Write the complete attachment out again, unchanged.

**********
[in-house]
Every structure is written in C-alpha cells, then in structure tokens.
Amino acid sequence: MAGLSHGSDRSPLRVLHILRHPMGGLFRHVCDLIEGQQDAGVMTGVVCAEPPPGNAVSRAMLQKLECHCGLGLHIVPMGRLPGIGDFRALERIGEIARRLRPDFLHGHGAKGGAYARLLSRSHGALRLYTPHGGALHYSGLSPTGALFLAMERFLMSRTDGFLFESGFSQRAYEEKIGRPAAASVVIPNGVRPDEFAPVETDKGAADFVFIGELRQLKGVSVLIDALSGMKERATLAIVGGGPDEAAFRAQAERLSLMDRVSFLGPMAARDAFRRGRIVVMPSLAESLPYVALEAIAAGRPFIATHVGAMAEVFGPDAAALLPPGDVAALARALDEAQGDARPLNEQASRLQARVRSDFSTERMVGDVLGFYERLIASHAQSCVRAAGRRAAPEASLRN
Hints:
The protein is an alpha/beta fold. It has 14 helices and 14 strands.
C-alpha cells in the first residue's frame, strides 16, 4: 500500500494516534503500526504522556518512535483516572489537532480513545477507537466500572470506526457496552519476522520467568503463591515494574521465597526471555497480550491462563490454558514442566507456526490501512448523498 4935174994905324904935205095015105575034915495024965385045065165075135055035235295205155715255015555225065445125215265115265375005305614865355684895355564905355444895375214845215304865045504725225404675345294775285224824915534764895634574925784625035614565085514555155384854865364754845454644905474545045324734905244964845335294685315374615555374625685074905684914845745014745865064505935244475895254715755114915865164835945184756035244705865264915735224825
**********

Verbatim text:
[in-house]
Every structure is written in C-alpha cells, then in structure tokens.
Amino acid sequence: MAGLSHGSDRSPLRVLHILRHPMGGLFRHVCDLIEGQQDAGVMTGVVCAEPPPGNAVSRAMLQKLECHCGLGLHIVPMGRLPGIGDFRALERIGEIARRLRPDFLHGHGAKGGAYARLLSRSHGALRLYTPHGGALHYSGLSPTGALFLAMERFLMSRTDGFLFESGFSQRAYEEKIGRPAAASVVIPNGVRPDEFAPVETDKGAADFVFIGELRQLKGVSVLIDALSGMKERATLAIVGGGPDEAAFRAQAERLSLMDRVSFLGPMAARDAFRRGRIVVMPSLAESLPYVALEAIAAGRPFIATHVGAMAEVFGPDAAALLPPGDVAALARALDEAQGDARPLNEQASRLQARVRSDFSTERMVGDVLGFYERLIASHAQSCVRAAGRRAAPEASLRN
Hints:
The protein is an alpha/beta fold. It has 14 helices and 14 strands.
C-alpha cells in the first residue's frame, strides 16, 4: 500500500494516534503500526504522556518512535483516572489537532480513545477507537466500572470506526457496552519476522520467568503463591515494574521465597526471555497480550491462563490454558514442566507456526490501512448523498 4935174994905324904935205095015105575034915495024965385045065165075135055035235295205155715255015555225065445125215265115265375005305614865355684895355564905355444895375214845215304865045504725225404675345294775285224824915534764895634574925784625035614565085514555155384854865364754845454644905474545045324734905244964845335294685315374615555374625685074905684914845745014745865064505935244475895254715755114915865164835945184756035244705865264915735224825